The most successful leaders are uneasy with depending on data alone to tell them what’s happening. They take steps to put themselves in their customers’ shoes. They want to deeply understand and experience the organization— and its products, employees and competitors—as customers do.
I agree. Get out there and see what’s happening firsthand. Make it a habit. Learn as much as you can, as quickly as you can, informally. These sources of insight may include direct customer input, social posts, employee input, product and service reviews, operational data, informal focus groups and actually working with customers yourself.
As a leader, it’s not practical to be directly involved in all of these sources all of the time. But finding ways to stay tuned in — beyond formal reports — makes a huge difference. And it sets the right example. Let me make a few simple recommendations:
- First, brainstorm and identify the many sources of insight that are available. That will probably trigger ideas on how you want to stay close to the action.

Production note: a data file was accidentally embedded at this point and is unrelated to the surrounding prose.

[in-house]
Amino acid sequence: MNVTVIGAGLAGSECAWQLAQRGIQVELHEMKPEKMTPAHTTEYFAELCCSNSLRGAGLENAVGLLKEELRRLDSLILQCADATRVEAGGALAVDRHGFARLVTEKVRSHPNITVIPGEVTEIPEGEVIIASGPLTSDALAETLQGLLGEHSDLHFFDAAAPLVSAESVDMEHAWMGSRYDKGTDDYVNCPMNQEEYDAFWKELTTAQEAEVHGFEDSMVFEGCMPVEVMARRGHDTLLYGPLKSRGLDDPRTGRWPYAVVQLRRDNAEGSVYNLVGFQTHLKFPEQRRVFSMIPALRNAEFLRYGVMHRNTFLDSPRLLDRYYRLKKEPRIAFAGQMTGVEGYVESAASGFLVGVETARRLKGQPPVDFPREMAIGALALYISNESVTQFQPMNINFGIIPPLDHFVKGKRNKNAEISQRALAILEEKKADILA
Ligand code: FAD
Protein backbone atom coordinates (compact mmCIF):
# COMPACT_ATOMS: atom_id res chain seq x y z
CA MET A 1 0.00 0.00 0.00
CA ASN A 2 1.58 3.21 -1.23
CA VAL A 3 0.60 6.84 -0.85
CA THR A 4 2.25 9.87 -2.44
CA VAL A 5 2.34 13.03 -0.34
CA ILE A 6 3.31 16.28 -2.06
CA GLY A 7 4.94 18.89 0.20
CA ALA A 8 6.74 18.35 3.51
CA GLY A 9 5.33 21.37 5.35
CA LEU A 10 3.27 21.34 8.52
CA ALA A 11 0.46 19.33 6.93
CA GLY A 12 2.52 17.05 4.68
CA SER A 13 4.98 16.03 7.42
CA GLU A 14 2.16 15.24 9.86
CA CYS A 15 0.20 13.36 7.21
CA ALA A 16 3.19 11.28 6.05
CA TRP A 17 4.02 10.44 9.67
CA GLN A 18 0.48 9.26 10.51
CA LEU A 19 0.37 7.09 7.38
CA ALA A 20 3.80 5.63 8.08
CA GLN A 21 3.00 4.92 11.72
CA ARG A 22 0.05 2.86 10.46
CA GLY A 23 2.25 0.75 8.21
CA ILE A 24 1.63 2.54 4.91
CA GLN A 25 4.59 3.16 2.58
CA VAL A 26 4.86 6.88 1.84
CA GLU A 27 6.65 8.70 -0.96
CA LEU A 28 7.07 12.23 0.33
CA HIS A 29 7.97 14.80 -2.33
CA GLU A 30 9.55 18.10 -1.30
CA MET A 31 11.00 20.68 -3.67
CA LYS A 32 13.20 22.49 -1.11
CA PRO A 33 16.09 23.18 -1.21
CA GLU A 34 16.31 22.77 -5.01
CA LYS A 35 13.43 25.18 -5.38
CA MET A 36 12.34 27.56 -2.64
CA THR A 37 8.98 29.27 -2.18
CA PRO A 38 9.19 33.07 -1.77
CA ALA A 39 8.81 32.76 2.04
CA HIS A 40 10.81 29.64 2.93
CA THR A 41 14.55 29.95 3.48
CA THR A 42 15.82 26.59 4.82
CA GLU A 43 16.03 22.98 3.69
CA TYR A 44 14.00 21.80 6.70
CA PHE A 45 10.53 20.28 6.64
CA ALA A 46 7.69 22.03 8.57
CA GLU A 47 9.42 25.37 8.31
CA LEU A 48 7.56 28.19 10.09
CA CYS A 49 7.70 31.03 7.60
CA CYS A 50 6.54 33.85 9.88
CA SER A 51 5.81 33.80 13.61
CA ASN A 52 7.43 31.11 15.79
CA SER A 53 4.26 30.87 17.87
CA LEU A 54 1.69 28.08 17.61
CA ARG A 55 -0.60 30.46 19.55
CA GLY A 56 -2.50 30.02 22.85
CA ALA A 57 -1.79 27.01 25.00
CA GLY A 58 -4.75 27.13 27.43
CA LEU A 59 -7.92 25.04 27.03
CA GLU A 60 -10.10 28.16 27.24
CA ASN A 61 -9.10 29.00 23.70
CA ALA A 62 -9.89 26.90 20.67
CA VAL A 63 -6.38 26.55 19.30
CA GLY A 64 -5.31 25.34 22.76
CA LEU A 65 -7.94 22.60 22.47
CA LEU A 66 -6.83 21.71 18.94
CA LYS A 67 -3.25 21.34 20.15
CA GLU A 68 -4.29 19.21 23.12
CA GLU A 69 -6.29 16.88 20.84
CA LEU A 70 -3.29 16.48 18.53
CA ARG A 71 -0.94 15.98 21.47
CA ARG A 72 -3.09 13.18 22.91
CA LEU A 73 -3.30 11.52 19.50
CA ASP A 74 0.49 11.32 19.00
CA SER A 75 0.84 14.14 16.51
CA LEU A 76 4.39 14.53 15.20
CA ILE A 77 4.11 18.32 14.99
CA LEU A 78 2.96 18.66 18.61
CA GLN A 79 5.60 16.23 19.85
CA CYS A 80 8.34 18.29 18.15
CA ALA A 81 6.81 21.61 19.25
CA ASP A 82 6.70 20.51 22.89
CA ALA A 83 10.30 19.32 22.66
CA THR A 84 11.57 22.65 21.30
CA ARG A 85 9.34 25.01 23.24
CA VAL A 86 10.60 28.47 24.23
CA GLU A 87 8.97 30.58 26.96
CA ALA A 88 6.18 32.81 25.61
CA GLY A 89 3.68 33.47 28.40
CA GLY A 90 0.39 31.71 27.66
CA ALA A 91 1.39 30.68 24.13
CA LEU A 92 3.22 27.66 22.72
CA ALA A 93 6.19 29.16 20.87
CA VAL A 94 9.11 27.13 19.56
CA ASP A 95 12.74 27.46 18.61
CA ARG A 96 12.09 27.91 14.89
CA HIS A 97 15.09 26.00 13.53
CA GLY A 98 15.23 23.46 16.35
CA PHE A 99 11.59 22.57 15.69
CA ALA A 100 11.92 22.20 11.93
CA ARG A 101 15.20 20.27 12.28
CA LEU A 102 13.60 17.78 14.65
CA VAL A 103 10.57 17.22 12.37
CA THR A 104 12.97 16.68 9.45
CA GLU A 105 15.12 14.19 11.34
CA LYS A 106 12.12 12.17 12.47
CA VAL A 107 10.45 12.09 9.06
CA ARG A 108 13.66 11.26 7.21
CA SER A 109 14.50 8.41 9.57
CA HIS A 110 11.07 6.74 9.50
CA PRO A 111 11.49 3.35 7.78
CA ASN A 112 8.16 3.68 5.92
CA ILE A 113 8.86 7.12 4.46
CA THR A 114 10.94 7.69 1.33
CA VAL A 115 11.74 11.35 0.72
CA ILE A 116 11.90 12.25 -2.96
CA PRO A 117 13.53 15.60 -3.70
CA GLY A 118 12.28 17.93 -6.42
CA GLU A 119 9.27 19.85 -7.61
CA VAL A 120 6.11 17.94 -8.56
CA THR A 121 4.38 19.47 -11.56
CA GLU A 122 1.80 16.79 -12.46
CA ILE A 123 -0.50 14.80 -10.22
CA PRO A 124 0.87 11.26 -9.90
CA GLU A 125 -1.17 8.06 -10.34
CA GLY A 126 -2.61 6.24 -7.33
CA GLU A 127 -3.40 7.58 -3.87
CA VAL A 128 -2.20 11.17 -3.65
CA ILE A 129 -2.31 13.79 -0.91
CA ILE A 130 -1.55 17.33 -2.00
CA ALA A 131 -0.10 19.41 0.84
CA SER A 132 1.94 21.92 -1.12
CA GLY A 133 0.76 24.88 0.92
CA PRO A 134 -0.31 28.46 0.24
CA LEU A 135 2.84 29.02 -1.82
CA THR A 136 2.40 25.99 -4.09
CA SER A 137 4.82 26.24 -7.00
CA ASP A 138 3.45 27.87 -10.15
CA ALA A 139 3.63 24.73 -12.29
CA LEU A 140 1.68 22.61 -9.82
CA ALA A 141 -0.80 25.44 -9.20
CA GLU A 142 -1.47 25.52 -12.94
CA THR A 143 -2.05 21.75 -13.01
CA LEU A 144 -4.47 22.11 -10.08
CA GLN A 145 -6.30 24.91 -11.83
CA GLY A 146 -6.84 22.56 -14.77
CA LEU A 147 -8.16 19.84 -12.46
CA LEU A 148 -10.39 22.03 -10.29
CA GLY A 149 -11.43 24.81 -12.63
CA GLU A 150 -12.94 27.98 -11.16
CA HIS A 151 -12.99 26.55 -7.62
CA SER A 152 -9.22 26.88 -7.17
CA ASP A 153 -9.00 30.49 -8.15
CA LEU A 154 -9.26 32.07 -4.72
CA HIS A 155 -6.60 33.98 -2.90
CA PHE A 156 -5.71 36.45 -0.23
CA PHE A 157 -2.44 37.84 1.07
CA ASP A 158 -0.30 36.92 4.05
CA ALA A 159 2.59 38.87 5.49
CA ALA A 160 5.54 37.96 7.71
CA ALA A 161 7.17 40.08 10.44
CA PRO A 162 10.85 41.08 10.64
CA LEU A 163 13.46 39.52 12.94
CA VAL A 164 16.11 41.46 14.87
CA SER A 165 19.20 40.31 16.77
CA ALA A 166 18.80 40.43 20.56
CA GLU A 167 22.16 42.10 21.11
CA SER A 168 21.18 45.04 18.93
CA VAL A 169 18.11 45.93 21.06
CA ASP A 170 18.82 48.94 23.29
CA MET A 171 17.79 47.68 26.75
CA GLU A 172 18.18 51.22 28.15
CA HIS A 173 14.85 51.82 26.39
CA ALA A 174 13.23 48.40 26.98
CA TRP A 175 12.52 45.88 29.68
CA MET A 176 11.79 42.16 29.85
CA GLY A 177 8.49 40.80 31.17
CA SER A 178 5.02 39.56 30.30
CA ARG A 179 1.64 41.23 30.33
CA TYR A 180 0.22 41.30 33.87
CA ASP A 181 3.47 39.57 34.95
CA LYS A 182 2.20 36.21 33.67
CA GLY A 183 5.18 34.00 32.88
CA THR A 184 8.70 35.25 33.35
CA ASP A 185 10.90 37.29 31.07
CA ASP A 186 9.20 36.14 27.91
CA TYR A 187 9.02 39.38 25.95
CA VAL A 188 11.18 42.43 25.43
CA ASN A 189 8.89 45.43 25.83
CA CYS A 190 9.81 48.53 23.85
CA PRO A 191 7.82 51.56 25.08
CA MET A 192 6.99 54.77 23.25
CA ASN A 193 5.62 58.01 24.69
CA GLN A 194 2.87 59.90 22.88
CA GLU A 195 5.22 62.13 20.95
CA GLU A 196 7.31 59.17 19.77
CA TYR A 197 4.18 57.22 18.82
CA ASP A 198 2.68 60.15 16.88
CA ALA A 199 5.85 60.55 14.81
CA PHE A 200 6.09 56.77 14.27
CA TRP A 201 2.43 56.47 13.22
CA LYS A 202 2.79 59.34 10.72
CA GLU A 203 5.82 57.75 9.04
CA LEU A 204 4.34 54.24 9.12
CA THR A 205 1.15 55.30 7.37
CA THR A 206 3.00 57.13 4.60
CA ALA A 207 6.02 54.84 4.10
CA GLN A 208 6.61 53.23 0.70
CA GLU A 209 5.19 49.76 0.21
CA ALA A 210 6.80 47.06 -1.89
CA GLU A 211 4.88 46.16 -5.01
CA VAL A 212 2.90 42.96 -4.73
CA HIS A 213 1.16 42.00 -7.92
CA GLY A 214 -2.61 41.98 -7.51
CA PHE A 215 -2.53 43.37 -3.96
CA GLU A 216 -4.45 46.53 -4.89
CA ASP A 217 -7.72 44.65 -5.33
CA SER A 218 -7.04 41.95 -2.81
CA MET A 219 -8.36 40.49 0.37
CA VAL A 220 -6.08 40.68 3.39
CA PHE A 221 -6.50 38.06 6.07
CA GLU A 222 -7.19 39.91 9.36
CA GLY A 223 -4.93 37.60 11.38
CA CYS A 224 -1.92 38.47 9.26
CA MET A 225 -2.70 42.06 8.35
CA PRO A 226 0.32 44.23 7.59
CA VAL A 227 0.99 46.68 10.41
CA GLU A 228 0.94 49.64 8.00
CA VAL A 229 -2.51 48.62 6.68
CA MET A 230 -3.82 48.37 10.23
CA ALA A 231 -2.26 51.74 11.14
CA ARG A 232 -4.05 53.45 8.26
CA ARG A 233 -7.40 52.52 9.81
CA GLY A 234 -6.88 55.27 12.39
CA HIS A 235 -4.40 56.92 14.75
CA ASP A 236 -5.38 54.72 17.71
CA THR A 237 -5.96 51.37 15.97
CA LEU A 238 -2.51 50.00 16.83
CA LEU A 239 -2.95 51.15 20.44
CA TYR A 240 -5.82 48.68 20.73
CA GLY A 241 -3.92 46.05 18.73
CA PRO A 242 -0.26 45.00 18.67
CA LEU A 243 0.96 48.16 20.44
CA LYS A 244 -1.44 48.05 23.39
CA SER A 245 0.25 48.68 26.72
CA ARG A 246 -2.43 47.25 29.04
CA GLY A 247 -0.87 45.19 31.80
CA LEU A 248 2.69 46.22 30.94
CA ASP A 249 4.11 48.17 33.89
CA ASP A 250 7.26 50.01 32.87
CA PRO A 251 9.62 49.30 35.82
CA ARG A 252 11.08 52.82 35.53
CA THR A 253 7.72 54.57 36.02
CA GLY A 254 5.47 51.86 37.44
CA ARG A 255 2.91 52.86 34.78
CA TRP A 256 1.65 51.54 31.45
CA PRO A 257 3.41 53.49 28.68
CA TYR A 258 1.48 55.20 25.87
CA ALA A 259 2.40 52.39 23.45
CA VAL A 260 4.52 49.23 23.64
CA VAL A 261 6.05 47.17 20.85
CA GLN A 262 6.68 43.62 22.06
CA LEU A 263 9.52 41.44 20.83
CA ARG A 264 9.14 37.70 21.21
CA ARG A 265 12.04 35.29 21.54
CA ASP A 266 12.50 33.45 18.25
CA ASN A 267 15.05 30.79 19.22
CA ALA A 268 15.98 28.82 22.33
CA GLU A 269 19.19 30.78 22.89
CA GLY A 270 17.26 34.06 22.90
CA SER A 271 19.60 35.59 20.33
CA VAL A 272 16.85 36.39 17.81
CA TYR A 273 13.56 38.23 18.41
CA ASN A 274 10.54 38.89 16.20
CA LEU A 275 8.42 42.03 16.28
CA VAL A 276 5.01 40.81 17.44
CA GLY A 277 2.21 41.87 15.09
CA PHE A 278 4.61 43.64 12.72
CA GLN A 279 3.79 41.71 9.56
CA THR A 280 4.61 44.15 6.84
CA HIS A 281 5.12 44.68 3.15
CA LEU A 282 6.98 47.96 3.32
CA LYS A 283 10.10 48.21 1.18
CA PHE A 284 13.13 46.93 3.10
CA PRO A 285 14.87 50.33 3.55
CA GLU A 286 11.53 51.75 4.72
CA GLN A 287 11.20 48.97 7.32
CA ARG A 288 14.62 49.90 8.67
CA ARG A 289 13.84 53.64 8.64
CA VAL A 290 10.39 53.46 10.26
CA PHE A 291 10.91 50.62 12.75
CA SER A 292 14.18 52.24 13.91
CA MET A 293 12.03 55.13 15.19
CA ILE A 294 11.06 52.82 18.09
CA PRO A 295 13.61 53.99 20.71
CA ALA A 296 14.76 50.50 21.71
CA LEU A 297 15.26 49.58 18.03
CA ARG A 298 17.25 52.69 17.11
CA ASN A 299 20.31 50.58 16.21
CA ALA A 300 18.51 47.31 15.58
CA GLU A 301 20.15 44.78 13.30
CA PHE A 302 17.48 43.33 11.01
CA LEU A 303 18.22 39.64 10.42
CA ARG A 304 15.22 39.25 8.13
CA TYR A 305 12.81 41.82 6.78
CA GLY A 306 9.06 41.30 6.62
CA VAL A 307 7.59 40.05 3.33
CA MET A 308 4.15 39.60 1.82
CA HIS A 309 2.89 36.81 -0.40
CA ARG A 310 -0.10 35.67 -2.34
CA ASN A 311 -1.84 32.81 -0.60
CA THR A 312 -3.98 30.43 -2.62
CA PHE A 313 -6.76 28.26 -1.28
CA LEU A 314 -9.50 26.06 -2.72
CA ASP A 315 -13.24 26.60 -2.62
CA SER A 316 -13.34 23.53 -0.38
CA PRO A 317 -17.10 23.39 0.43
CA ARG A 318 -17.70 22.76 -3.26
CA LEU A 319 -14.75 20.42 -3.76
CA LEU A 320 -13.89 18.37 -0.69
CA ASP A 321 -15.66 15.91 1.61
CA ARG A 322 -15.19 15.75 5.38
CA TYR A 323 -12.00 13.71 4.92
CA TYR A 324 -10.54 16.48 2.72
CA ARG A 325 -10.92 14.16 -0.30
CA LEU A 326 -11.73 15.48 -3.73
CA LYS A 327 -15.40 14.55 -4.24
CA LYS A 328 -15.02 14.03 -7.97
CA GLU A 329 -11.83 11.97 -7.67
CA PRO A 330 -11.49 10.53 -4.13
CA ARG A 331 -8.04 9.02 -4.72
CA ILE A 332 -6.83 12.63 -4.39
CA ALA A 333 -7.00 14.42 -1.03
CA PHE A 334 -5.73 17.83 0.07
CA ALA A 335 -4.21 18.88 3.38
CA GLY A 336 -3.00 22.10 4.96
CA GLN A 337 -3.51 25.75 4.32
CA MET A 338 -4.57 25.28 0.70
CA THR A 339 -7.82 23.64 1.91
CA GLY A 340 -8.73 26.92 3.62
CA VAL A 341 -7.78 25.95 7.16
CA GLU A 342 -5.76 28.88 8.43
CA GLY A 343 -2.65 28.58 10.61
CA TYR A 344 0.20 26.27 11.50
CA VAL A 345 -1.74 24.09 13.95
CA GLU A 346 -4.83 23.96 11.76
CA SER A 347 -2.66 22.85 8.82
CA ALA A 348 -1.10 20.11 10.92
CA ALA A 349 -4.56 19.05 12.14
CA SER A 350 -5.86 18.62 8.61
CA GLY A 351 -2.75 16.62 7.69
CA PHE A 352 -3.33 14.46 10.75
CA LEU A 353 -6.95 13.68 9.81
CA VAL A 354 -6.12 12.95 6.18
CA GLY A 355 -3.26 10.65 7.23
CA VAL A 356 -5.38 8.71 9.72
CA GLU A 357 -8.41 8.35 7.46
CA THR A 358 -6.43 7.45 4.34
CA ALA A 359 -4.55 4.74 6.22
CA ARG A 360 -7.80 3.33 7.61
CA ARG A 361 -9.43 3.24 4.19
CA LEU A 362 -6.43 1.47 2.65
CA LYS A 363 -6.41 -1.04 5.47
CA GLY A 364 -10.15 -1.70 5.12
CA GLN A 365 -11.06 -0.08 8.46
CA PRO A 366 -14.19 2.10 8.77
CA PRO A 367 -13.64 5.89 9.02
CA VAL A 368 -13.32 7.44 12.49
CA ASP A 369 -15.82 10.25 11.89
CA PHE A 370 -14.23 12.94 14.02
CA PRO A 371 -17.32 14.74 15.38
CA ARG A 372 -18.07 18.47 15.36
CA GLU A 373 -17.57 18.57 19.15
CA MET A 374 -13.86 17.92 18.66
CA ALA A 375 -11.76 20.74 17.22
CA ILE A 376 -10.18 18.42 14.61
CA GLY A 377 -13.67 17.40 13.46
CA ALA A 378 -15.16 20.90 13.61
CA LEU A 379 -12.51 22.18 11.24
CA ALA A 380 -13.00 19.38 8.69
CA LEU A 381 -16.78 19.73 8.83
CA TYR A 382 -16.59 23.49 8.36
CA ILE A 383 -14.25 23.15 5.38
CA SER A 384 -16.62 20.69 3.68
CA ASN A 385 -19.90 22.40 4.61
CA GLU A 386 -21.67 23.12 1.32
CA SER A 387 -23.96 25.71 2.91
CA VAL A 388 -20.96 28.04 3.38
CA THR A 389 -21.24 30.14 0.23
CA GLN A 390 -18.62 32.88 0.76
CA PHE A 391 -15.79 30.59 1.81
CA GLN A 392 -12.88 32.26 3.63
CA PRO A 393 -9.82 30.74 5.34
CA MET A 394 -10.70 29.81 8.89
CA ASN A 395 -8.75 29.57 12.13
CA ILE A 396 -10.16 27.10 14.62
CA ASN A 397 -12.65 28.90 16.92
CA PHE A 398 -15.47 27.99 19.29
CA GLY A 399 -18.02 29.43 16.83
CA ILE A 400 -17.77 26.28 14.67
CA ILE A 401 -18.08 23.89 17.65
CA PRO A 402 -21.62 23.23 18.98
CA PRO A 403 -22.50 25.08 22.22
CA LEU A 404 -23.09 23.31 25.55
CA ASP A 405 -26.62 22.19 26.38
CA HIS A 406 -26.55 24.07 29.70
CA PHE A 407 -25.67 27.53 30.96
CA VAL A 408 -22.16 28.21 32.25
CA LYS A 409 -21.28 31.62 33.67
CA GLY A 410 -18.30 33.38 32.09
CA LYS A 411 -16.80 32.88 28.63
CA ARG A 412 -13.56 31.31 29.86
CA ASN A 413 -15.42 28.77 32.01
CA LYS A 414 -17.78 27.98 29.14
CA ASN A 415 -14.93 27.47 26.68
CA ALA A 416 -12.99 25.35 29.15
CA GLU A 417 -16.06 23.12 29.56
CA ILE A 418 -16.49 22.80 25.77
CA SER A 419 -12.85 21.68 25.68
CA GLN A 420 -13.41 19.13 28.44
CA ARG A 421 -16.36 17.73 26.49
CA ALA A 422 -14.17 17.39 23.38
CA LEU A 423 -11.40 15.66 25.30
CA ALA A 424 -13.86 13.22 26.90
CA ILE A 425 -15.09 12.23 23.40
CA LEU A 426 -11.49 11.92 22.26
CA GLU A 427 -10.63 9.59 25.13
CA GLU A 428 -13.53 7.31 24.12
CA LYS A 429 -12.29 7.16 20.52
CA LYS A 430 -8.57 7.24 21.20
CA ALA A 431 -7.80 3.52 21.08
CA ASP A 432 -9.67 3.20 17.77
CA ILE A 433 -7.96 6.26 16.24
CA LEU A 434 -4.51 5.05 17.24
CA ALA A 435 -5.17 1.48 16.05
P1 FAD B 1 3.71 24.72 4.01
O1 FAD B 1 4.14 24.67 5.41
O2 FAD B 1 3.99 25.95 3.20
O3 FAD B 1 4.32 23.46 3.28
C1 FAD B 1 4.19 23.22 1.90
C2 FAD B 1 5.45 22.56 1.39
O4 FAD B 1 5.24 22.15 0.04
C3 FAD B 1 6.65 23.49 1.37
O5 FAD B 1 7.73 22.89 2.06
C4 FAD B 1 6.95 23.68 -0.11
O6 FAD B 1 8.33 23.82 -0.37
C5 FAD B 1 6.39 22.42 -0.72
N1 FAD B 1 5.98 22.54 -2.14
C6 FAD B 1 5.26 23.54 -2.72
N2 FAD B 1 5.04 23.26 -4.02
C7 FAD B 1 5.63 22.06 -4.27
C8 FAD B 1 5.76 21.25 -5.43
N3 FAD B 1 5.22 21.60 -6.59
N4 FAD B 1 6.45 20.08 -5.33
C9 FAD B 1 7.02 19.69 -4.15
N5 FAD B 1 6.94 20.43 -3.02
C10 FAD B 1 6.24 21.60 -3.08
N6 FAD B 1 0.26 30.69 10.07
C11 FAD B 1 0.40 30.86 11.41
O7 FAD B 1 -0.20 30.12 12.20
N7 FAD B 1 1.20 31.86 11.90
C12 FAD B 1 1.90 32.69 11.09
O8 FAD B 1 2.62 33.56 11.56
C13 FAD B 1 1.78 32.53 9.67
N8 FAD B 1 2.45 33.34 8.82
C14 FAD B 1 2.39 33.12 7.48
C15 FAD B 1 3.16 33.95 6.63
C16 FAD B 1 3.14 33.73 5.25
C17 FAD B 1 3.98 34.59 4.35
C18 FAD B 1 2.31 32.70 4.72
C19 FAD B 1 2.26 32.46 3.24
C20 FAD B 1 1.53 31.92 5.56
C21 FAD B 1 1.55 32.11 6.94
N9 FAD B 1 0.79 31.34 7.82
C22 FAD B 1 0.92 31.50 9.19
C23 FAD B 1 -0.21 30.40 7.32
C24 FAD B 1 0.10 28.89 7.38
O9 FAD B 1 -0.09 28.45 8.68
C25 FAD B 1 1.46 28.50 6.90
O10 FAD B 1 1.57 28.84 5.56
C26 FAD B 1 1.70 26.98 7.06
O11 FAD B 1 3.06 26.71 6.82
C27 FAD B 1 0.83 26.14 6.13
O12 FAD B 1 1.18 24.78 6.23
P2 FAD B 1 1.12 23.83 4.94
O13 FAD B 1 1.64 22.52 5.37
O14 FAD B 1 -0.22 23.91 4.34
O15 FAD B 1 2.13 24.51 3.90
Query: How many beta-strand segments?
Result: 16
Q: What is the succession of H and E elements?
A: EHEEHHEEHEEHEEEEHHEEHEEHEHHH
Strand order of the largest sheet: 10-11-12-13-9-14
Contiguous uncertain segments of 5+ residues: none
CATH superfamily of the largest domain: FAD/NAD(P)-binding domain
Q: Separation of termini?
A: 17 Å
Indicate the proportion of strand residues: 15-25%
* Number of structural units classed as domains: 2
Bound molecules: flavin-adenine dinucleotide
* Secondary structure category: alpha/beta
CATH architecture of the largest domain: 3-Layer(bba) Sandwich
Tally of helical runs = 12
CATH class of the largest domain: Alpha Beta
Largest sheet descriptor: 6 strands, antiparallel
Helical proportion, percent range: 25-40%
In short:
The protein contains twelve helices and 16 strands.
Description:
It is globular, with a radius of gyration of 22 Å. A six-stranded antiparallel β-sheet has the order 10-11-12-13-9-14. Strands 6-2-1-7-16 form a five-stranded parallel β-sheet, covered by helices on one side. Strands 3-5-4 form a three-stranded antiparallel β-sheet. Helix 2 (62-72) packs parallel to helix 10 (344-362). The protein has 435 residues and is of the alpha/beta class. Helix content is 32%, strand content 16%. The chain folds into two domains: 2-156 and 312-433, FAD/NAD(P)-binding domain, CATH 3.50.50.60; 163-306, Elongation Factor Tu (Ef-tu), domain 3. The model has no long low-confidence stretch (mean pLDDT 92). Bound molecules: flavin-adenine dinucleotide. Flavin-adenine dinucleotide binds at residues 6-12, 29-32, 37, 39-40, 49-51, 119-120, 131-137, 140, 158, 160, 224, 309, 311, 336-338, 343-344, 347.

- Think about your schedule and how you can find time for this aspect of leadership. If it’s not intentional, it’s probably not going to happen.
- Be ready to work through any initial awkwardness. It’s not easy, at first, to get out there and observe. And if you’re brave enough to help handle the work—say in retail, the contact center, or operations—it takes time and practice. But it yields tremendous insight.
- Use good judgment in how you respond to what you see. Fixing issues in isolation is not the end goal; instead, you’re getting a good sense of how well your organization is adjusting and responding.
Excerpt from Leading the Customer Experience: How to Chart a Course and Deliver Outstanding Results by Brad Cleveland